Point Mutation Disrupting PML I Self-interaction Interferes With ND10 Formation
Author: Nolan Shoukri (biological sciences), 2021 Winner 🏆
Faculty mentor: Haidong Gu
Human herpes simplex virus 1 (HSV-1) is a prevalent virus infecting over 70% of adults that has evolved to efficiently infect its host. During infection, the antiviral ND10 nuclear bodies are used as host's efforts to repress the expression of the incoming viral genome. To counteract, HSV-1 deploys its immediate-early protein, ICP0, which colocalizes to the ND10 nuclear bodies and uses its E3 ubiquitin ligase activity to degrade important proteins at ND10. Consequently, ND10 nuclear bodies are disrupted, and the repression imposed on viral DNA is released. Promyelocytic Leukemia (PML) protein is the important structure and functional component of the cellular ND10 nuclear bodies. PML has seven isoforms that share the same N-terminus and differ only in their C-termini. The RBCC domain located in the PML N- terminus triggers PML oligomerization, which helps to build the framework of ND10. Our lab has been investigating viral and cellular elements that regulate the PML degradation triggered by ICP0. Here we report that an L73E mutation within the RBCC domain of PML I disrupts its self-interaction to the endogenous PML isoforms. Confocal microscopy assay showed that PML I containing L73E mutation fails to aggregate at ND10 nuclear bodies, but it has the ability to decrease the number of endogenous ND10 nuclear bodies. These results suggest that PML L73E mutant can dynamically interact with endogenous ND10 components and affect the ND10 restrictive ability on HSV-1 infection.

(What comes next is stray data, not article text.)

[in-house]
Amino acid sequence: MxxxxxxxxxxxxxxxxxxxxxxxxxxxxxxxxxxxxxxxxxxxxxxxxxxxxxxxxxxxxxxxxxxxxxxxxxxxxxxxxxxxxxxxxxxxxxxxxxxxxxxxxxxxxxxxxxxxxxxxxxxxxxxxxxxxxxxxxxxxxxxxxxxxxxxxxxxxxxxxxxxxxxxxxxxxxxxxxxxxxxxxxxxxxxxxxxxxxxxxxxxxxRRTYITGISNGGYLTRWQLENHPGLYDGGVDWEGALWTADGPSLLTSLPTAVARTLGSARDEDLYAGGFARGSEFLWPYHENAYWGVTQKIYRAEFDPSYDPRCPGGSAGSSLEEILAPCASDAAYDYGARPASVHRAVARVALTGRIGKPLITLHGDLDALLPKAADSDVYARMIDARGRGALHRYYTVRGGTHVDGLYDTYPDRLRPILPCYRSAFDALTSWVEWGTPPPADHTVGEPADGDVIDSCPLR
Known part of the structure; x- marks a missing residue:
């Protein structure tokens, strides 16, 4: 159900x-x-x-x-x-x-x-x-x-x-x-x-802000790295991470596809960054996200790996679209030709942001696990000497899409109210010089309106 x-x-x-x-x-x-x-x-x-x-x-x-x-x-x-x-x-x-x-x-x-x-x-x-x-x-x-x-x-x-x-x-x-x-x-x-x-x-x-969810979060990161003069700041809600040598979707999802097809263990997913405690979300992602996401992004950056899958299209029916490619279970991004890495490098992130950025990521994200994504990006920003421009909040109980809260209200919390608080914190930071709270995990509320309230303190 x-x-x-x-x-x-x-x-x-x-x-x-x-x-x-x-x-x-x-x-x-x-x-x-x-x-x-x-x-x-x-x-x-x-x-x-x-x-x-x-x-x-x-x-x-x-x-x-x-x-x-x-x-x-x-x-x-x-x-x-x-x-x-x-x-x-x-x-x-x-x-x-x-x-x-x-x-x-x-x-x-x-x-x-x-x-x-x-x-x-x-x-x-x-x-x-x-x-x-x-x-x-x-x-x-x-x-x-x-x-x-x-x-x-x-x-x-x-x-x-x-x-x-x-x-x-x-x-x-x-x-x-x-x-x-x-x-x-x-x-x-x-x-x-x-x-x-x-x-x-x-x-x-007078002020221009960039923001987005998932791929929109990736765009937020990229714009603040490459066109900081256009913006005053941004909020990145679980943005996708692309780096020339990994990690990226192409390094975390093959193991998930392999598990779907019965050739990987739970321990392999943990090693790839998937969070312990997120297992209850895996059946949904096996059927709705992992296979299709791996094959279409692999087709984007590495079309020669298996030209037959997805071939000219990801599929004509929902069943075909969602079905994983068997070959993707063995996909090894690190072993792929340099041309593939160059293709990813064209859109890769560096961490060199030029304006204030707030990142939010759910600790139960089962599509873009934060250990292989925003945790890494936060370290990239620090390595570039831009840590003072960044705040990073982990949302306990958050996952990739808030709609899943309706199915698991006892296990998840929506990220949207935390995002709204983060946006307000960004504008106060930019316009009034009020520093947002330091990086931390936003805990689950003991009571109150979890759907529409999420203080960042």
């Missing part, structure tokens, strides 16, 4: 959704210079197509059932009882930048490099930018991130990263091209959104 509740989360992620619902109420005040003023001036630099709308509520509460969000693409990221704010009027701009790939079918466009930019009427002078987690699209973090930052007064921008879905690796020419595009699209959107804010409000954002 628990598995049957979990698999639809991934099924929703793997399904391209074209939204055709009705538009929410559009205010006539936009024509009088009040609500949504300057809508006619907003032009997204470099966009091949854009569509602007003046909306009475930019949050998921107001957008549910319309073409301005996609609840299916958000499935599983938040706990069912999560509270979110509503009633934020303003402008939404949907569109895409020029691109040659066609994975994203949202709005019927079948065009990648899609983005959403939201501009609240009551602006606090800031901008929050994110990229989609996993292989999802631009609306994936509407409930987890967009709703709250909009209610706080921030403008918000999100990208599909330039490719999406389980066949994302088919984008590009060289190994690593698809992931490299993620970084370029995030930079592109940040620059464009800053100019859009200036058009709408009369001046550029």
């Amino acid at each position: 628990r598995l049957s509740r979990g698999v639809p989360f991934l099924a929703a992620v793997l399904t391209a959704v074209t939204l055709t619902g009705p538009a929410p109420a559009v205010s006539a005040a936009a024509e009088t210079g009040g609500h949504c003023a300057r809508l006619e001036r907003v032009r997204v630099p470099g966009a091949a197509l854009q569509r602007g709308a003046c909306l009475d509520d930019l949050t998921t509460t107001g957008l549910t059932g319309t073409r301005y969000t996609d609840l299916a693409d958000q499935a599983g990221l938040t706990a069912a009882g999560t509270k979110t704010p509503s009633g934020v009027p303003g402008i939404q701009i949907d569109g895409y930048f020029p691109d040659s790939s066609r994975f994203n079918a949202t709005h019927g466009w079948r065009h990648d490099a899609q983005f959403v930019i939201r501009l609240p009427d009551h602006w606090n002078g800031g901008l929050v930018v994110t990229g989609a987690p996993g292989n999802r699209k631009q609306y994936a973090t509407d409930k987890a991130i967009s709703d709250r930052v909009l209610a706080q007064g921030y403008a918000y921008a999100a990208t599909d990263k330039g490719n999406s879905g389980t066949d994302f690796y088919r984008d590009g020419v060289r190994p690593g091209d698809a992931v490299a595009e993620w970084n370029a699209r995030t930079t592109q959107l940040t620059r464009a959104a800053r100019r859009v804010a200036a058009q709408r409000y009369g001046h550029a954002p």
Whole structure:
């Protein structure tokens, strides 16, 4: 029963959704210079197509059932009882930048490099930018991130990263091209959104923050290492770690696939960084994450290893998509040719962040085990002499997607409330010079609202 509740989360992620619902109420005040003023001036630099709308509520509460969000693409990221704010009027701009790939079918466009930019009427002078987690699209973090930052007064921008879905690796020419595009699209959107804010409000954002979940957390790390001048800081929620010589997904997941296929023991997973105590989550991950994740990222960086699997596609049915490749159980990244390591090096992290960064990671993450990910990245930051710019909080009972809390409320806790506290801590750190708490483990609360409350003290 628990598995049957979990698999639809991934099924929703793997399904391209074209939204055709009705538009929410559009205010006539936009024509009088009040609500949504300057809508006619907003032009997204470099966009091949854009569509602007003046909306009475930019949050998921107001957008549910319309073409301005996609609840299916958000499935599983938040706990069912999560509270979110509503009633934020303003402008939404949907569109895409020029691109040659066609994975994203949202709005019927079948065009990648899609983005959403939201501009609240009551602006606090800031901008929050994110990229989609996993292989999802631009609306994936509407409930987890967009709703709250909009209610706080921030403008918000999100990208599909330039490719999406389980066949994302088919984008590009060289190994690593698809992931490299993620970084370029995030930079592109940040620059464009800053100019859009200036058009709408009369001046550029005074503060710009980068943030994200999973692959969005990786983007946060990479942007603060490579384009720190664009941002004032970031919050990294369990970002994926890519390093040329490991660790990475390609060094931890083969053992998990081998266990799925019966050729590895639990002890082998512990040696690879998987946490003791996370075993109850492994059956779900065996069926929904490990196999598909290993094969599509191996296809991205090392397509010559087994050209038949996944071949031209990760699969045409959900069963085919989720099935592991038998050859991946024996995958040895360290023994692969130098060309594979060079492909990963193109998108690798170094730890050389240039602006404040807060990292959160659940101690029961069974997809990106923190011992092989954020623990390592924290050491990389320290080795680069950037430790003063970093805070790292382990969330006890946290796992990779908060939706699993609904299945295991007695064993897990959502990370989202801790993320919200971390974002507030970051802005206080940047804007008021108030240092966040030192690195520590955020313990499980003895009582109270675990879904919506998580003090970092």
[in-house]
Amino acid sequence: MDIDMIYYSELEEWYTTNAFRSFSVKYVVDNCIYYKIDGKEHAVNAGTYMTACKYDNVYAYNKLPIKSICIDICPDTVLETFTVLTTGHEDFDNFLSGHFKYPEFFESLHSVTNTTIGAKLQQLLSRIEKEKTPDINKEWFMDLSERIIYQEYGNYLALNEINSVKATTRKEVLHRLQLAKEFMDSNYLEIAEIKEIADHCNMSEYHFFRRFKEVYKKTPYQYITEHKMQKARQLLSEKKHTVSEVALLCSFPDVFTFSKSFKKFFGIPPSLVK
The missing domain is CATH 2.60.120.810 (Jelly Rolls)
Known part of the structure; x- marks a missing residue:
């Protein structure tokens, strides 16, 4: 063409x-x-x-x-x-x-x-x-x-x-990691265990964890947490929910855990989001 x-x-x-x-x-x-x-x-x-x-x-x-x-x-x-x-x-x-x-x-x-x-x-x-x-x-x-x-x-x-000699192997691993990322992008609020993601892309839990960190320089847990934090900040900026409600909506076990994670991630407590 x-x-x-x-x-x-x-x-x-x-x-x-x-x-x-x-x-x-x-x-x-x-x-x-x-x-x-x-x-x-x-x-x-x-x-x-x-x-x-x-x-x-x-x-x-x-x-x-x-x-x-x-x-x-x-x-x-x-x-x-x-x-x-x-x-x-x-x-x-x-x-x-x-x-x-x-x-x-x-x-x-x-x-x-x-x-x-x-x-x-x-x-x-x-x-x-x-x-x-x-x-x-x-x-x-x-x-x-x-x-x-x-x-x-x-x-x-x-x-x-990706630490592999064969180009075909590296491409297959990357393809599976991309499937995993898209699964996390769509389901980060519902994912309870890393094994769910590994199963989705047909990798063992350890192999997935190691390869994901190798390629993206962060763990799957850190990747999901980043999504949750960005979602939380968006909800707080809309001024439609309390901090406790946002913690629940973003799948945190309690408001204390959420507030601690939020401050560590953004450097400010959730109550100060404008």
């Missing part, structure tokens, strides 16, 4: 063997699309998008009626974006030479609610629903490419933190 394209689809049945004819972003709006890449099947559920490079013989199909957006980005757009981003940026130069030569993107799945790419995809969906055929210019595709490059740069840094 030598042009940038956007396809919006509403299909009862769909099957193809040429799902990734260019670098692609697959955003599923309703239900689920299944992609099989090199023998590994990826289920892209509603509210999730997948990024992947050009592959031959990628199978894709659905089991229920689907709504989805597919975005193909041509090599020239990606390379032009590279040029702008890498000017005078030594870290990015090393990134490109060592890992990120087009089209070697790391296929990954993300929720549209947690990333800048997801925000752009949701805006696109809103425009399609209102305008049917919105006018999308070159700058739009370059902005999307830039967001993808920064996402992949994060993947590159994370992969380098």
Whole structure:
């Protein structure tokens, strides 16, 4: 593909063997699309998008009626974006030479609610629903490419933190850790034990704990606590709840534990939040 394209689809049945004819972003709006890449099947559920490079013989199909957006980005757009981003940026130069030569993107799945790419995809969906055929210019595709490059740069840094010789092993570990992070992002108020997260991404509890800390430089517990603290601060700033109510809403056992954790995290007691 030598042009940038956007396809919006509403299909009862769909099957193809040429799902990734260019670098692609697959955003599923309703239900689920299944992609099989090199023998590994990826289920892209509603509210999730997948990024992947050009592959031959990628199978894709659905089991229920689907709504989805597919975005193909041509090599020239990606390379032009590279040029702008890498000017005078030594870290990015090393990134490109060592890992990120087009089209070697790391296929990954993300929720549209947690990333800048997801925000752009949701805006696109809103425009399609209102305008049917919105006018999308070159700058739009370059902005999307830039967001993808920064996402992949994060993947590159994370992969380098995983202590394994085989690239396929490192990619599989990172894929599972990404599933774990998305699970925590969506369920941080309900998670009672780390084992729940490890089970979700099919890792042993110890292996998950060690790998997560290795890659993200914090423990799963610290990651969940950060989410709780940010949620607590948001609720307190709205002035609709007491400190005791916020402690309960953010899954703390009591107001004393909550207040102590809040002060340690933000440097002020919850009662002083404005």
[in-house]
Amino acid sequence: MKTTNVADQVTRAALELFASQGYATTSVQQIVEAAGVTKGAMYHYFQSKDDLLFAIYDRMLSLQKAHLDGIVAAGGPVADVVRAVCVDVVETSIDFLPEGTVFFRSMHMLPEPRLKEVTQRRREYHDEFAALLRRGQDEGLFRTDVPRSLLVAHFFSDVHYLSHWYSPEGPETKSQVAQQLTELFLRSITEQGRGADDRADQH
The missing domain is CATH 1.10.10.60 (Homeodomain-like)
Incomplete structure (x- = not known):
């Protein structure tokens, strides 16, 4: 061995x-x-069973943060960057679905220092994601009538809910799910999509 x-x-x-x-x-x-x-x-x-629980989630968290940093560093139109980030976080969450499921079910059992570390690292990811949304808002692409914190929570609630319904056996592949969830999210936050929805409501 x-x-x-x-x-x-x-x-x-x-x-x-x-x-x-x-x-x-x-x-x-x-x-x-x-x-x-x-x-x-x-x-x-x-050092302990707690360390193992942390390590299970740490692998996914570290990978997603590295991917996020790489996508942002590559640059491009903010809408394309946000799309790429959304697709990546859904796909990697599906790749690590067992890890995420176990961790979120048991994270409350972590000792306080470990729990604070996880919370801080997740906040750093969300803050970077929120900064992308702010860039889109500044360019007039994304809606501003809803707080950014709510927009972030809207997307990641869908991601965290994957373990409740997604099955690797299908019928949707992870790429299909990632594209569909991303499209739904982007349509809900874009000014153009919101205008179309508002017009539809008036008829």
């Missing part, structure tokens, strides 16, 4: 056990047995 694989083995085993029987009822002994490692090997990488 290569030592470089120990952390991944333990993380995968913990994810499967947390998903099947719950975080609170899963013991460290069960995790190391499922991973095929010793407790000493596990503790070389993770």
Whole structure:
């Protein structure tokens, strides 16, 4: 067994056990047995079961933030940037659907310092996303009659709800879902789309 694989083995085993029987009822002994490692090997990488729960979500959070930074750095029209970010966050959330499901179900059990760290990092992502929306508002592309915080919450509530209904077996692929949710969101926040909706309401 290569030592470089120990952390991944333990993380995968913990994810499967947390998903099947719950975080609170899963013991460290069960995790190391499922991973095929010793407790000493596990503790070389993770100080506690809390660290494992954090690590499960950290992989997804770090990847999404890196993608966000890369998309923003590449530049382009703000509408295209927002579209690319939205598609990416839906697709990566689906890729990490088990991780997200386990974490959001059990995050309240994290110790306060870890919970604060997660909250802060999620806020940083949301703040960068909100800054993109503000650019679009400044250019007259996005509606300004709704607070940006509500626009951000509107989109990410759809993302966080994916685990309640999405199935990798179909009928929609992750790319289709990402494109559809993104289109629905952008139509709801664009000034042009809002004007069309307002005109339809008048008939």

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Nolan Shoukri: Point Mutation Disrupting PML I Self-interaction Interferes With ND10 Formation